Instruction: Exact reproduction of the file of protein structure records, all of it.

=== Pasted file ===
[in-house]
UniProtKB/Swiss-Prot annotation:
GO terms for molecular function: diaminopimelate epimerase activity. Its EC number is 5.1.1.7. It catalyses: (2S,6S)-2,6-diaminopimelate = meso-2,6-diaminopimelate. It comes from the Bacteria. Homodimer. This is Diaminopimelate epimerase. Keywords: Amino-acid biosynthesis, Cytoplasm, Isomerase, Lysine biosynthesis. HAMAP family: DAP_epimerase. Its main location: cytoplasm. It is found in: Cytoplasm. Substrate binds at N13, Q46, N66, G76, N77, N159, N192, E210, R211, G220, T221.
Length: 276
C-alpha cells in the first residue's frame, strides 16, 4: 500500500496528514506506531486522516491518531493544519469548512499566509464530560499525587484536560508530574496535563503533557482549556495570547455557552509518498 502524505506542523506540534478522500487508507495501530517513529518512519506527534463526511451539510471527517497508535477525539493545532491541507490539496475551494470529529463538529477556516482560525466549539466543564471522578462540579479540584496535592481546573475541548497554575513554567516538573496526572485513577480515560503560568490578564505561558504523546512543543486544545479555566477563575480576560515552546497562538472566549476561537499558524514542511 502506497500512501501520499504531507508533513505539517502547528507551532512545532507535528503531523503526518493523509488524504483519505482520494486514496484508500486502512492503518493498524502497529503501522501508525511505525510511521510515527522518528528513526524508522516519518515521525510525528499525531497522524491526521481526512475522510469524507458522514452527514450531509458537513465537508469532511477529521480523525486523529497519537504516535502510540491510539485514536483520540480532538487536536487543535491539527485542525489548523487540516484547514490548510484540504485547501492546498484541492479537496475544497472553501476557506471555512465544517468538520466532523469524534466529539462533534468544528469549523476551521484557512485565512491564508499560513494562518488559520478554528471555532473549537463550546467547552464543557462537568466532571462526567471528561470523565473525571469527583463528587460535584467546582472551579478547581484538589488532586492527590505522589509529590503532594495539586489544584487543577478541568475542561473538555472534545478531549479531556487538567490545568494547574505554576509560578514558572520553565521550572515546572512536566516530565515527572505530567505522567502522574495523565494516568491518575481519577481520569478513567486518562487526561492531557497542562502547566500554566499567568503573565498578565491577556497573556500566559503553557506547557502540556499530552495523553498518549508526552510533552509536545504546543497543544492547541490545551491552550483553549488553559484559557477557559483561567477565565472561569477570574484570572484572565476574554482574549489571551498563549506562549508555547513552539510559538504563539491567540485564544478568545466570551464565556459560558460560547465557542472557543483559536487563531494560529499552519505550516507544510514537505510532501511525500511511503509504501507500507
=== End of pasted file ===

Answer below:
[in-house]
UniProtKB/Swiss-Prot annotation:
GO terms for molecular function: diaminopimelate epimerase activity. Its EC number is 5.1.1.7. It catalyses: (2S,6S)-2,6-diaminopimelate = meso-2,6-diaminopimelate. It comes from the Bacteria. Homodimer. This is Diaminopimelate epimerase. Keywords: Amino-acid biosynthesis, Cytoplasm, Isomerase, Lysine biosynthesis. HAMAP family: DAP_epimerase. Its main location: cytoplasm. It is found in: Cytoplasm. Substrate binds at N13, Q46, N66, G76, N77, N159, N192, E210, R211, G220, T221.
Length: 276
C-alpha cells in the first residue's frame, strides 16, 4: 500500500496528514506506531486522516491518531493544519469548512499566509464530560499525587484536560508530574496535563503533557482549556495570547455557552509518498 502524505506542523506540534478522500487508507495501530517513529518512519506527534463526511451539510471527517497508535477525539493545532491541507490539496475551494470529529463538529477556516482560525466549539466543564471522578462540579479540584496535592481546573475541548497554575513554567516538573496526572485513577480515560503560568490578564505561558504523546512543543486544545479555566477563575480576560515552546497562538472566549476561537499558524514542511 502506497500512501501520499504531507508533513505539517502547528507551532512545532507535528503531523503526518493523509488524504483519505482520494486514496484508500486502512492503518493498524502497529503501522501508525511505525510511521510515527522518528528513526524508522516519518515521525510525528499525531497522524491526521481526512475522510469524507458522514452527514450531509458537513465537508469532511477529521480523525486523529497519537504516535502510540491510539485514536483520540480532538487536536487543535491539527485542525489548523487540516484547514490548510484540504485547501492546498484541492479537496475544497472553501476557506471555512465544517468538520466532523469524534466529539462533534468544528469549523476551521484557512485565512491564508499560513494562518488559520478554528471555532473549537463550546467547552464543557462537568466532571462526567471528561470523565473525571469527583463528587460535584467546582472551579478547581484538589488532586492527590505522589509529590503532594495539586489544584487543577478541568475542561473538555472534545478531549479531556487538567490545568494547574505554576509560578514558572520553565521550572515546572512536566516530565515527572505530567505522567502522574495523565494516568491518575481519577481520569478513567486518562487526561492531557497542562502547566500554566499567568503573565498578565491577556497573556500566559503553557506547557502540556499530552495523553498518549508526552510533552509536545504546543497543544492547541490545551491552550483553549488553559484559557477557559483561567477565565472561569477570574484570572484572565476574554482574549489571551498563549506562549508555547513552539510559538504563539491567540485564544478568545466570551464565556459560558460560547465557542472557543483559536487563531494560529499552519505550516507544510514537505510532501511525500511511503509504501507500507